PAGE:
Greenspan: Housing's Worst Still Ahead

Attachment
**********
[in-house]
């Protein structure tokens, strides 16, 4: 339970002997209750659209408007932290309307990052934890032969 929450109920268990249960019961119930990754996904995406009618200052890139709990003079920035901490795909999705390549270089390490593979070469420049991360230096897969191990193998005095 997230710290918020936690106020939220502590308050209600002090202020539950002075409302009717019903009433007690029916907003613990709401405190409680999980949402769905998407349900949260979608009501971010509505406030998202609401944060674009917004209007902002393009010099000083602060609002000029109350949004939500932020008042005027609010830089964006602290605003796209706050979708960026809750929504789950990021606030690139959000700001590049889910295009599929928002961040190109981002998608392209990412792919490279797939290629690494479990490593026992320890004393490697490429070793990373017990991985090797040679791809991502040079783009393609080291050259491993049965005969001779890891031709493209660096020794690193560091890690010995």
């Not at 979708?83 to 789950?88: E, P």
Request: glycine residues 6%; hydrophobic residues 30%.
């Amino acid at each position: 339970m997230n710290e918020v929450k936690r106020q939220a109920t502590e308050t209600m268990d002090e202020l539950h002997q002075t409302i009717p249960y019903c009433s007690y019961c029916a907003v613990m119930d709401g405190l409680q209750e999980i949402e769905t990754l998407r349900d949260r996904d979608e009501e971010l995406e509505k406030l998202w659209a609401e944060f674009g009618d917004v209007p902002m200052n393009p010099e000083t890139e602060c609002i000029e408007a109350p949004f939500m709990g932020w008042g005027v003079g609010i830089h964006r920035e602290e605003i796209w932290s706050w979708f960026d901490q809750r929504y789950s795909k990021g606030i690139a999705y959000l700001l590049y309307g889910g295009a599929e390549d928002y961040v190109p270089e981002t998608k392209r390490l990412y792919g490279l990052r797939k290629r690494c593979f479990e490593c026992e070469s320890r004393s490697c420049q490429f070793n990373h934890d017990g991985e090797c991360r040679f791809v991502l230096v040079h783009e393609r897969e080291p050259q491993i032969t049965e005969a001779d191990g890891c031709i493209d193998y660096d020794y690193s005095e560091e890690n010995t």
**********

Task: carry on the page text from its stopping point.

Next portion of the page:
Former Federal Reserve chairman Alan Greenspan managed to get the attention of market participants and investors alike on Thursday afternoon, suggesting that the economy was still skirting a recession and that housing had much further to fall before a bottom will form. His remarks actually helped fuel a sell-off in stocks that has largely continued into Friday's session, according to various published reports. The iconic economist, both lauded or loathed by various market participants, suggested that a recession was "inevitable" in an interview airing on CNBC yesterday afternoon -- although he said he didn't yet believe the U.S. economy was in a recessionary state. The economy is holding up better than he expected despite strong financial headwinds, he said. The housing slump, however, is another issue -- at least in the former chairman's mind. He characterized the current correction as a "once-in-a-century phenomenon," and said we're "nowhere near" forming a bottom to the current issues in the sector. He also said that a nationalization of both Fannie Mae (FNM) and Freddie Mac (FRE) may be inevitable, and suggested that both mortgage finance giants were "accidents waiting to happen." "I think the ultimate solution is a nationalization of both Fannie and Freddie and I hope a restructuring in that nationalization," he said, according to a story on CNBC's website. "And then split them up into five or ten separate entities and sell them back into the market." The full television interview is available here. Disclosure: The author was long FRE when this story was published; other indirect holdings may exist via mutual fund investments. HW reporters and writers follow a strict disclosure policy, the first in the mortgage trade.